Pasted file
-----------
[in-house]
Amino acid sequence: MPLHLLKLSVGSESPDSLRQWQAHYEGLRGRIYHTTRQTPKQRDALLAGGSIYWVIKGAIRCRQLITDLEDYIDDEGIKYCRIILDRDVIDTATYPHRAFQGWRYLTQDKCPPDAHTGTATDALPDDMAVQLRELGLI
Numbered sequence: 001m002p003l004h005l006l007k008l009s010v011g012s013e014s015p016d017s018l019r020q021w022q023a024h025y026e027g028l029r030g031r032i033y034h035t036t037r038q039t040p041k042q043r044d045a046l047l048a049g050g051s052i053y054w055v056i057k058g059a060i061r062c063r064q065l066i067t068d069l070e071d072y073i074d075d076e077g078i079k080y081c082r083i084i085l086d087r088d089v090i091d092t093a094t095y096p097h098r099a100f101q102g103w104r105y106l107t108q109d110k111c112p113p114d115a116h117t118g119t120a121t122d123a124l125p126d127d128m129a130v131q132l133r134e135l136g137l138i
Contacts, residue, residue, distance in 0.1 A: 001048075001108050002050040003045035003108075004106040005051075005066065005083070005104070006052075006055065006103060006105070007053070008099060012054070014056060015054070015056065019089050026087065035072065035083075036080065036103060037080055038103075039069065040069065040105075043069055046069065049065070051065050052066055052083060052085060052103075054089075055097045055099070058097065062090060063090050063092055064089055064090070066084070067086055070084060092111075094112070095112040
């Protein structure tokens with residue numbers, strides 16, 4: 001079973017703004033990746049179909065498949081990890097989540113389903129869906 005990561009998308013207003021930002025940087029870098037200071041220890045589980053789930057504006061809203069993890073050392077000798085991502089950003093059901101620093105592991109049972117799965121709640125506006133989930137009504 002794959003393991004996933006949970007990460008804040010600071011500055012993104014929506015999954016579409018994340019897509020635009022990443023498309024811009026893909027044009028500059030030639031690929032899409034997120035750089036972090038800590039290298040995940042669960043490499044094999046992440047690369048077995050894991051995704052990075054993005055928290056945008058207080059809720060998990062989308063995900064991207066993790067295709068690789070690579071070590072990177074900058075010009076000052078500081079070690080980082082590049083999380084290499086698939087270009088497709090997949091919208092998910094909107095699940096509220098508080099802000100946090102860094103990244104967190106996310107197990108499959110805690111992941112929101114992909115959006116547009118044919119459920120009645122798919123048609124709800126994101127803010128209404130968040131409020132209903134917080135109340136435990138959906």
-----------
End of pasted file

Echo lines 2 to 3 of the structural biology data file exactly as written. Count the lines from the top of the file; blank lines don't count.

Amino acid sequence: MPLHLLKLSVGSESPDSLRQWQAHYEGLRGRIYHTTRQTPKQRDALLAGGSIYWVIKGAIRCRQLITDLEDYIDDEGIKYCRIILDRDVIDTATYPHRAFQGWRYLTQDKCPPDAHTGTATDALPDDMAVQLRELGLI
Numbered sequence: 001m002p003l004h005l006l007k008l009s010v011g012s013e014s015p016d017s018l019r020q021w022q023a024h025y026e027g028l029r030g031r032i033y034h035t036t037r038q039t040p041k042q043r044d045a046l047l048a049g050g051s052i053y054w055v056i057k058g059a060i061r062c063r064q065l066i067t068d069l070e071d072y073i074d075d076e077g078i079k080y081c082r083i084i085l086d087r088d089v090i091d092t093a094t095y096p097h098r099a100f101q102g103w104r105y106l107t108q109d110k111c112p113p114d115a116h117t118g119t120a121t122d123a124l125p126d127d128m129a130v131q132l133r134e135l136g137l138i